5 simple ways to help your child's teacher

Published: Wednesday, August 15, 2012 @ 9:33 AM
Updated: Wednesday, August 15, 2012 @ 9:33 AM

VolunteerSpot saves time and makes it easy to coordinate all the people and things that help you make a difference in our communities and schools.  Free and easy signup sheets and volunteer scheduling boost participation and put an end to ‘reply-all’ email chains, spread sheet juggling and paper sign-up sheets!   Take a tour today!

Back to School time is exciting for not just kids, but their parents and teachers too!  Amidst the rush and thrill of going school shopping, meeting the teacher and heading off to that first day, consider how you may be able to help your child’s teacher at the start of the year with these 5 fun ideas:

1.  Raise Your Hand -- Whether it’s once a week as a class reader, or once a semester organizing the holiday class party – raise your hand to volunteer and help out in the classroom!  Take your time restraints and own interests into mind when signing up to volunteer, but make the effort and show your child you are engaged with their learning experience.

2.  Fulfill the Greatest Needs – Before you start a collection for pencils and paper, inventory the classroom and speak with your class teacher about what is most needed when it comes to school supplies for the entire classroom.  Perhaps book donations would better benefit the class, or unique items like a recycling bin.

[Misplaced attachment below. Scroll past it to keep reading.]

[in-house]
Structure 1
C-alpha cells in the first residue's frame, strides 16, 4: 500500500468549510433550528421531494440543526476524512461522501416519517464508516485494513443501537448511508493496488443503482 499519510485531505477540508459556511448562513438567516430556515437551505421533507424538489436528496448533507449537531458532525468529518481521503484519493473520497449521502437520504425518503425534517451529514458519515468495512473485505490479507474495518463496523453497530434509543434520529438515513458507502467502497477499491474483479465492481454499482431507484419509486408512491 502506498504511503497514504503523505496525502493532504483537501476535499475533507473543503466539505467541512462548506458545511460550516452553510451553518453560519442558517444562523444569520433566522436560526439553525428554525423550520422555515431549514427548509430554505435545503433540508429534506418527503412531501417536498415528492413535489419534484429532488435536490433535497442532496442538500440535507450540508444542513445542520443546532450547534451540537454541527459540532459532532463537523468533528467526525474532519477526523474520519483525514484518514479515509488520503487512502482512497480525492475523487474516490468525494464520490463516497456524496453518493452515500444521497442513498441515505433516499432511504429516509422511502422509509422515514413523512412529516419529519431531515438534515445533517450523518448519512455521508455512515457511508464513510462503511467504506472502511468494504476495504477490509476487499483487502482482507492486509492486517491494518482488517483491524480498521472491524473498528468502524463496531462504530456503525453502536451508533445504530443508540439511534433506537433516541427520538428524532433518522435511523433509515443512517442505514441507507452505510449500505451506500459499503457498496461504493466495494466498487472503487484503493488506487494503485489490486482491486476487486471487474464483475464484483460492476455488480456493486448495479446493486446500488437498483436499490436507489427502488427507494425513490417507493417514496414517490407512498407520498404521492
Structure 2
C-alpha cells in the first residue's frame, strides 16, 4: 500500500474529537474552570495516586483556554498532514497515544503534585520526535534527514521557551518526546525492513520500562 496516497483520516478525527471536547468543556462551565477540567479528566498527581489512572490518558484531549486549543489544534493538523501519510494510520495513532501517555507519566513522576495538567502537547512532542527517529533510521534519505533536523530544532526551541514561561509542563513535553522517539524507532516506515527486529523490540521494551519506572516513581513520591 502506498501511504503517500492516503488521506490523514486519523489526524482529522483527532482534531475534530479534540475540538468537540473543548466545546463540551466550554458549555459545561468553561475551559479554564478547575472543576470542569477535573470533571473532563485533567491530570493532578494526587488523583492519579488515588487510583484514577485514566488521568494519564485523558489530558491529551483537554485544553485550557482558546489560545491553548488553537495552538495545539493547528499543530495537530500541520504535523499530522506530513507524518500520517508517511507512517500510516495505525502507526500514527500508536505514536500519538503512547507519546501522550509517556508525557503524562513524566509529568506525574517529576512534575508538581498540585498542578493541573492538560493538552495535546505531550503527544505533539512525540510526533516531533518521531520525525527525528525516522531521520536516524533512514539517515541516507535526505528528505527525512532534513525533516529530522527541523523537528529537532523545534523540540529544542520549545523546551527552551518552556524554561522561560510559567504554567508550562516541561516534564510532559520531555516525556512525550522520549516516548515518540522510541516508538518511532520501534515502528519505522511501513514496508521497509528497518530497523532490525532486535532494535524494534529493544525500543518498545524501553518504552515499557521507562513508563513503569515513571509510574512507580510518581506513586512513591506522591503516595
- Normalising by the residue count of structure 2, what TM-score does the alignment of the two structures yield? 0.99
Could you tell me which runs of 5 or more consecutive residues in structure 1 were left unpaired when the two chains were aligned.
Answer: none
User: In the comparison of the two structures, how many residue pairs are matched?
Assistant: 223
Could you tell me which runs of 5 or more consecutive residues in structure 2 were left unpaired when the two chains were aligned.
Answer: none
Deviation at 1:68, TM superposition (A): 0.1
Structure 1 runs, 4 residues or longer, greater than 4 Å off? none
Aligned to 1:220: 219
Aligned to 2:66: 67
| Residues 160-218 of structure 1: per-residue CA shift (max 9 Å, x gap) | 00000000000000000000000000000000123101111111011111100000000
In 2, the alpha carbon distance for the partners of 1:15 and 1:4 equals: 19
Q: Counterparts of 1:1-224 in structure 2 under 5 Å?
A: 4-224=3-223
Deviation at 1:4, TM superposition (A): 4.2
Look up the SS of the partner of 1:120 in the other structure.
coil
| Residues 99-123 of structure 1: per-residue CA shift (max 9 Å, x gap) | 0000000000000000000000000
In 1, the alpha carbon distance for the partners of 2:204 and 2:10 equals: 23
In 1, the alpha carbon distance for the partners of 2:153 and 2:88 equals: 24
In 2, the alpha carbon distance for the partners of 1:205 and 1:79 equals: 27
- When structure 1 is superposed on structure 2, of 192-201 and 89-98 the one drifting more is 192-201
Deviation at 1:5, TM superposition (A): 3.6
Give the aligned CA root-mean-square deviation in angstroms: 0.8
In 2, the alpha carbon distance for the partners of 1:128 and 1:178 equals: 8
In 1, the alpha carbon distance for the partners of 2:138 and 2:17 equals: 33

3.  Coordinate Parent Volunteers – Save the teacher time (and stress) organizing parent volunteers with free online signup sheets by VolunteerSpot.  No more clipboards and reply-all emails; instead, create an online calendar of volunteer needs, invite parents to sign up from their computer or smart phone and rely on automatic Reminders to help everyone remember their commitment!

4.  Add a Little Flavor – Connect with your teacher and see if help is needed decorating bulletin boards, doors, desks and tables.  You can create cut-outs at home with your own children so they too feel like they have contributed to the class when they see their works of art displayed. *Bonus Tip:  Teachers label everything – offer to help write names on desk tags, folders and cubby labels.

5.  Latte anyone?  A sweet surprise every now and then can make all the difference – a latte in the morning or sweet treat for the teacher’s lunchtime is a quick way to show appreciation and bring a smile to their face.

Police called after adults brawl at kindergarten graduation

Published: Thursday, May 25, 2017 @ 11:31 AM

A fight broke out at an elementary school graduation ceremony in New Mexico Wednesday, but no kids were involved.

A scuffle among adults broke out at Dolores Gonzales Elementary School during the kindergarten graduation ceremony.

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A school spokesperson told KRQE that the incident began when two adults sitting in the parents section began fighting. A parent who witnessed the incident told KRQE that instead of helping break up the brawl, more adults joined the fight. Police were called and the ceremony was temporarily suspended until order could be restored.

The graduation ceremony then finished without further incident.

Dozens of seniors barred from graduation ceremonies after ‘dangerous’ prank

Published: Wednesday, May 24, 2017 @ 9:43 AM



Linda Goodhue Photography/Getty Images

Dozens of Middle Georgia high school seniors won’t be able to attend their graduation ceremonies, after they participated in a “dangerous and unsafe” prank, school officials said.  

The 35 Baldwin High School seniors met in the parking lot of the Milledgeville school before classes Thursday, wearing black clothes and white masks, the Macon Telegraph reported.